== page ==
5. To confirm, you applied to UVic, UBC, and UNB as a regular applicant? You applied to 3 of the only schools in Canada that use a straight index score to determine first year admissions (read: do not care about your PS unless maybe you're borderline), and you want people to be upset at the system? Oh, and to throw on top of that you applied to the only English university with regional preferences? Oh, and the fact that you say "this is a foreign transcript" signals to me that you failed to have your transcript evaluated by a foreign credential evaluation service, as UBC expressly requests, and I imagine UVic and UNB both want? On top of a subpar LSAT and a low masters GPA (which are normally higher than undergrad GPAs)? No. The diversity/access/whatever system exists. It may work great, it may not. We can't say. What we can say is that your case says nothing about the system, because you literally didn't use the system. Nice try, but you don't get to blame your negligence on the system. This one's on you. ETA: The fact that you applied to these three schools (possibly the three worst you could have applied to based on their regular category admission criteria) because they had the latest deadlines is just icing on the cake.
  6. Considering UBC has not decided their discretionary category (and will not until the end of May) I think it's safe to say OP did not apply in the discretionary category, at least for that school.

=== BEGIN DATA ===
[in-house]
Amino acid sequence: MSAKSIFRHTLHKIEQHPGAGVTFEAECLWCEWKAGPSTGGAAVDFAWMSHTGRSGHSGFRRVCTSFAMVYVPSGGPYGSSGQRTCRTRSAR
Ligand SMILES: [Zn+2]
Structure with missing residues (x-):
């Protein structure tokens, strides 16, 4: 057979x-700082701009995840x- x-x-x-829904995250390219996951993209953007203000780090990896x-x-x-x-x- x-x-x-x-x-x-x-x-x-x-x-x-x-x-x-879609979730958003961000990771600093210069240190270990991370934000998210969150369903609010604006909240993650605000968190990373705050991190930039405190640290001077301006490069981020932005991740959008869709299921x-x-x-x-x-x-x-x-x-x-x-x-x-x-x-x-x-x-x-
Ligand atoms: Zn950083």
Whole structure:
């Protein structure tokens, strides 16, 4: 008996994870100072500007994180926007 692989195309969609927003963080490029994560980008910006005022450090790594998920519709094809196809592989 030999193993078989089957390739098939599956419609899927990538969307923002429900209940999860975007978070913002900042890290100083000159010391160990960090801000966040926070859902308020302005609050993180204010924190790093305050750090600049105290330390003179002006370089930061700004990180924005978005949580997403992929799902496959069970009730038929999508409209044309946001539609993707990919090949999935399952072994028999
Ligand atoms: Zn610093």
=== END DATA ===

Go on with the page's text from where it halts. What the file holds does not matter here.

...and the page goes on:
7. My problem wasn't with the demonstration of commitment, my problem was with you saying that in single income families the parent working has decided to do that because they value work over their children and have better things to do than hang out with their children. That's what I said was offensive. I'm not even going to get in to your statement that single mothers struggle more than single fathers.
  8. With option one you're not the primary caregiver if the other parent is a stay at home parent in the traditional role. And again, when you talk about booking time off you're talking from a position of privilege. Not every family can afford to have the sole income earner take time off work.
  9. Nowhere does it say that TWU is exempt from anti-discrimination laws. It recognizes that TWU, being not part of the government, is exempt from s. 15, and that is partially exempt from BC Human Rights Legislation. That does not mean that TWU is exempt from anti-discrimination laws, but rather that it is exempt from some anti-discrimination laws. Look, I think TWU is discriminatory for loads of reasons, not just this homosexual hullabaloo. But I don't think the court states that TWU is discriminating against homosexuals in the legal sense of the word. Self-discrimination is exactly what it sounds like, discriminating against oneself. The court is saying that people are choosing to discriminate themselves from their peers and not attend the university. Then again, if we're talking plain meaning of discrimination (differentiate between) then sure, TWU definitely discriminates. So does every other school for a billion different reasons. Hell, every law school in the country would be discriminatory, since they all have some form of access/equality/mature/aboriginal/etc application.